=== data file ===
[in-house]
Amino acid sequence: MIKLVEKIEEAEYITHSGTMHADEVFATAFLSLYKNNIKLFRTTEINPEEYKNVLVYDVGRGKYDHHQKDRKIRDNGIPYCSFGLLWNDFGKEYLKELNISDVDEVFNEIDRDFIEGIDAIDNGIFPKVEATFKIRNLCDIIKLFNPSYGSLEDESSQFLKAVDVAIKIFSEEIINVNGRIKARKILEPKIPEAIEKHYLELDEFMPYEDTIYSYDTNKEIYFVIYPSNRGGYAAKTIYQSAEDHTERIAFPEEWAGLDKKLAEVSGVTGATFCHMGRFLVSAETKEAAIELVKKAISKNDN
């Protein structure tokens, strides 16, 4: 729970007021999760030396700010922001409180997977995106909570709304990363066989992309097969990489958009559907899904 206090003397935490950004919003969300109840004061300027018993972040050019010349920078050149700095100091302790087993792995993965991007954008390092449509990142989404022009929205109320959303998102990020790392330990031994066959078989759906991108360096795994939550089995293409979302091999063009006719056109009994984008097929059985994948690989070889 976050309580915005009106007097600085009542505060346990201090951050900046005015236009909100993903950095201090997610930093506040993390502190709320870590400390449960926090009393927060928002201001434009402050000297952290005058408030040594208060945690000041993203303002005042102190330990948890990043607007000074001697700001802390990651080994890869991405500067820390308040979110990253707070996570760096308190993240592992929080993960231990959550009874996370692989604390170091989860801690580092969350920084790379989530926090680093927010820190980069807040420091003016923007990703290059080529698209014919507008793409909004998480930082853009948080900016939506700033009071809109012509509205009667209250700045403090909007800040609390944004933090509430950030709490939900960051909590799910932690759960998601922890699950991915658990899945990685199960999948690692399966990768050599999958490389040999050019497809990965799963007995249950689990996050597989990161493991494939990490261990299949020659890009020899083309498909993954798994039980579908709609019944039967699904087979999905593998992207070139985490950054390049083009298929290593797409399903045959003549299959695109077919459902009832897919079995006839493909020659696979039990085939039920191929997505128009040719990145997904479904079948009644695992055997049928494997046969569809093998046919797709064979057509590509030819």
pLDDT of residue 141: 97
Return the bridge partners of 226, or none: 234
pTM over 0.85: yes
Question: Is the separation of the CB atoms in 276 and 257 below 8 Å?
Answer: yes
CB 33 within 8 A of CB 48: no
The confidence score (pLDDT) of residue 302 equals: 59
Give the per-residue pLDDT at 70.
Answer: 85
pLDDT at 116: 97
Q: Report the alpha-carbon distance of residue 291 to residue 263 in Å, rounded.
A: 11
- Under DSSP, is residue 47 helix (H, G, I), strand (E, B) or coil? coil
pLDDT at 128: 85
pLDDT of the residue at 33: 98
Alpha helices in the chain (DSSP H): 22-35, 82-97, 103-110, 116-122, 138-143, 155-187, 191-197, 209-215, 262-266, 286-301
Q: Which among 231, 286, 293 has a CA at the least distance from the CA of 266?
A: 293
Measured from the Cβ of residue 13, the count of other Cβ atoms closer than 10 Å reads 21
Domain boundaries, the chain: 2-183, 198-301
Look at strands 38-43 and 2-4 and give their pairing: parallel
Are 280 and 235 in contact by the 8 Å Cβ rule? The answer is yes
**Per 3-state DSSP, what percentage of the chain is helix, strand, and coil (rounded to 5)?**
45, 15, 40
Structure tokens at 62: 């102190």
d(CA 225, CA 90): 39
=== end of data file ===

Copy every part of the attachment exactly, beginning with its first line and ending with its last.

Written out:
[in-house]
Amino acid sequence: MIKLVEKIEEAEYITHSGTMHADEVFATAFLSLYKNNIKLFRTTEINPEEYKNVLVYDVGRGKYDHHQKDRKIRDNGIPYCSFGLLWNDFGKEYLKELNISDVDEVFNEIDRDFIEGIDAIDNGIFPKVEATFKIRNLCDIIKLFNPSYGSLEDESSQFLKAVDVAIKIFSEEIINVNGRIKARKILEPKIPEAIEKHYLELDEFMPYEDTIYSYDTNKEIYFVIYPSNRGGYAAKTIYQSAEDHTERIAFPEEWAGLDKKLAEVSGVTGATFCHMGRFLVSAETKEAAIELVKKAISKNDN
């Protein structure tokens, strides 16, 4: 729970007021999760030396700010922001409180997977995106909570709304990363066989992309097969990489958009559907899904 206090003397935490950004919003969300109840004061300027018993972040050019010349920078050149700095100091302790087993792995993965991007954008390092449509990142989404022009929205109320959303998102990020790392330990031994066959078989759906991108360096795994939550089995293409979302091999063009006719056109009994984008097929059985994948690989070889 976050309580915005009106007097600085009542505060346990201090951050900046005015236009909100993903950095201090997610930093506040993390502190709320870590400390449960926090009393927060928002201001434009402050000297952290005058408030040594208060945690000041993203303002005042102190330990948890990043607007000074001697700001802390990651080994890869991405500067820390308040979110990253707070996570760096308190993240592992929080993960231990959550009874996370692989604390170091989860801690580092969350920084790379989530926090680093927010820190980069807040420091003016923007990703290059080529698209014919507008793409909004998480930082853009948080900016939506700033009071809109012509509205009667209250700045403090909007800040609390944004933090509430950030709490939900960051909590799910932690759960998601922890699950991915658990899945990685199960999948690692399966990768050599999958490389040999050019497809990965799963007995249950689990996050597989990161493991494939990490261990299949020659890009020899083309498909993954798994039980579908709609019944039967699904087979999905593998992207070139985490950054390049083009298929290593797409399903045959003549299959695109077919459902009832897919079995006839493909020659696979039990085939039920191929997505128009040719990145997904479904079948009644695992055997049928494997046969569809093998046919797709064979057509590509030819």
pLDDT of residue 141: 97
Return the bridge partners of 226, or none: 234
pTM over 0.85: yes
Question: Is the separation of the CB atoms in 276 and 257 below 8 Å?
Answer: yes
CB 33 within 8 A of CB 48: no
The confidence score (pLDDT) of residue 302 equals: 59
Give the per-residue pLDDT at 70.
Answer: 85
pLDDT at 116: 97
Q: Report the alpha-carbon distance of residue 291 to residue 263 in Å, rounded.
A: 11
- Under DSSP, is residue 47 helix (H, G, I), strand (E, B) or coil? coil
pLDDT at 128: 85
pLDDT of the residue at 33: 98
Alpha helices in the chain (DSSP H): 22-35, 82-97, 103-110, 116-122, 138-143, 155-187, 191-197, 209-215, 262-266, 286-301
Q: Which among 231, 286, 293 has a CA at the least distance from the CA of 266?
A: 293
Measured from the Cβ of residue 13, the count of other Cβ atoms closer than 10 Å reads 21
Domain boundaries, the chain: 2-183, 198-301
Look at strands 38-43 and 2-4 and give their pairing: parallel
Are 280 and 235 in contact by the 8 Å Cβ rule? The answer is yes
**Per 3-state DSSP, what percentage of the chain is helix, strand, and coil (rounded to 5)?**
45, 15, 40
Structure tokens at 62: 């102190």
d(CA 225, CA 90): 39